method and return the Rose::DB to be used as the new default.

       init_db
           Returns the Rose::DB-derived object used to access the database in the absence of an
           explicit db value.  The default implementation simply calls Rose::DB->new() with no
           arguments.

           Override this method in your subclass in order to use a different default data source.
           Note: This method must be callable as both an object method and a class method.

       dbh [DBH]
           Get or set the DBI database handle contained in db.

       delete [PARAMS]
           Delete the row represented by the current object.  The object must have been
           previously loaded from the database (or must otherwise have a defined primary key
           value) in order to be deleted.  Returns true if the row was deleted or did not exist,
           false otherwise.

           PARAMS are optional name/value pairs.  Valid PARAMS are:

           cascade TYPE
               Also process related rows.  TYPE must be "delete", "null", or "1".  The value "1"
               is an alias for "delete".  Passing an illegal TYPE value will cause a fatal error.

               For each "one to many" relationship, all of the rows in the foreign ("many") table
               that reference the current object ("one") will be deleted in "delete" mode, or
               will have the column(s) that reference the current object set to NULL in "null"
               mode.

               For each "many to many" relationship, all of the rows in the "mapping table" that
               reference the current object will deleted in "delete" mode, or will have the
               columns that reference the two tables that the mapping table maps between set to
               NULL in "null" mode.

               For each "one to one" relationship or foreign key with a "one to one" relationship
               type, all of the rows in the foreign table that reference the current object will
               deleted in "delete" mode, or will have the column(s) that reference the current
               object set to NULL in "null" mode.

               In all modes, if the db is not currently in a transaction, a new transaction is
               started.  If any part of the cascaded delete fails, the transaction is rolled
               back.

           prepare_cached BOOL
               If true, then DBI's prepare_cached method will be used (instead of the prepare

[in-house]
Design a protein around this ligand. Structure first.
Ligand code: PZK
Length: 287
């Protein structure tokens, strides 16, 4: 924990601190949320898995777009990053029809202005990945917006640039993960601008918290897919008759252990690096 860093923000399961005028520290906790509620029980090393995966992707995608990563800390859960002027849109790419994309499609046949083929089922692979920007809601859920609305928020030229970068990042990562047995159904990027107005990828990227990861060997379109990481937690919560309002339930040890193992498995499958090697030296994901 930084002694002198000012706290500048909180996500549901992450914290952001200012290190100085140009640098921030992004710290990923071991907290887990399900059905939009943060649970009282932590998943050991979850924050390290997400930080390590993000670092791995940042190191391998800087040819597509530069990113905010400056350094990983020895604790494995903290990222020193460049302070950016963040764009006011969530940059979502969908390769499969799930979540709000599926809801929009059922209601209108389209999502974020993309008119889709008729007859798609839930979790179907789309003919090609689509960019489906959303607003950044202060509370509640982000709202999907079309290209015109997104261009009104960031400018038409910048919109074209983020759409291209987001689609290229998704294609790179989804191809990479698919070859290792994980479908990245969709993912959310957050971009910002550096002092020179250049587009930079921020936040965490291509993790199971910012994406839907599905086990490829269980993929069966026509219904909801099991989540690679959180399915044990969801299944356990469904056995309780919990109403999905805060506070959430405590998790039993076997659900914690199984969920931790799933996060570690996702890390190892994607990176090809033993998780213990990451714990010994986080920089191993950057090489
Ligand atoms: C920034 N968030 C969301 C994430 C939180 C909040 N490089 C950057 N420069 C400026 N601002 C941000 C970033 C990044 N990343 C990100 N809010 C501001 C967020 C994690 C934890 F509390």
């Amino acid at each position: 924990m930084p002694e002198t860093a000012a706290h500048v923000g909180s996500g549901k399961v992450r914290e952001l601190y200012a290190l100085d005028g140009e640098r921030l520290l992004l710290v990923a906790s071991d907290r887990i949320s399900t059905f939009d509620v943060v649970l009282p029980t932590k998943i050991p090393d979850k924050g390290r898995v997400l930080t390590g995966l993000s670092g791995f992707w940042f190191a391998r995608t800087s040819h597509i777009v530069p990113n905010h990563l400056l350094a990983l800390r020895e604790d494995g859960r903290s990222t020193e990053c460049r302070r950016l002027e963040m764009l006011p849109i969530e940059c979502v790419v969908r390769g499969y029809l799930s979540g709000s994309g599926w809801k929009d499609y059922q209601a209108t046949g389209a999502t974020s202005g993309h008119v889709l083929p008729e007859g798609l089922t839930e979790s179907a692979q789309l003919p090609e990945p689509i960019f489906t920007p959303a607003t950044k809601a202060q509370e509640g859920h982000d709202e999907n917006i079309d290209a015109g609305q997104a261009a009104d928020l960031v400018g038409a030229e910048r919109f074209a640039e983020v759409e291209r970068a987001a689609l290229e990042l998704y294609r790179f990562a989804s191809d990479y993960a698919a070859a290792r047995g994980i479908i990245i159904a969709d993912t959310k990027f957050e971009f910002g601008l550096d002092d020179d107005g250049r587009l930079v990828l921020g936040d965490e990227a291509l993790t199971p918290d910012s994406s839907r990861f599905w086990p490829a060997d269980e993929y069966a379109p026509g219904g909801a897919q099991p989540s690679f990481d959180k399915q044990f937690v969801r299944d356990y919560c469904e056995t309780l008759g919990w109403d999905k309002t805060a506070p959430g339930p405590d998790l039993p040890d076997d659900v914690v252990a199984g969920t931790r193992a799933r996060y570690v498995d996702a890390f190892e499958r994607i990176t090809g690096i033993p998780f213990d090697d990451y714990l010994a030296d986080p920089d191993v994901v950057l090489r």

method) when preparing the SQL statement that will delete the object.  If omitted,
               the default value is determined by the metadata object's dbi_prepare_cached class
               method.

           The cascaded delete feature described above plays it safe by only deleting rows that
           are not referenced by any other rows (according to the metadata provided by each
           Rose::DB::Object-derived class).  I strongly recommend that you implement "cascaded
           delete" in the database itself, rather than using this feature.  It will undoubtedly
           be faster and more robust than doing it "client-side."  You may also want to cascade
           only to certain tables, or otherwise deviate from the "safe" plan.  If your database
           supports automatic cascaded delete and/or triggers, please consider using these
           features.

       error
           Returns the text message associated with the last error that occurred.

       insert [PARAMS]
           Insert the current object to the database table.  This method should only be used when
           you're absolutely sure that you want to force the current object to be inserted,
           rather than updated.  It is recommended that you use the save method instead of this
           one in most circumstances.  The save method will "do the right thing," executing an
           insert or update as appropriate for the current situation.

           PARAMS are optional name/value pairs.  Valid PARAMS are:

           changes_only BOOL
               If true, then only the columns whose values have been modified will be included in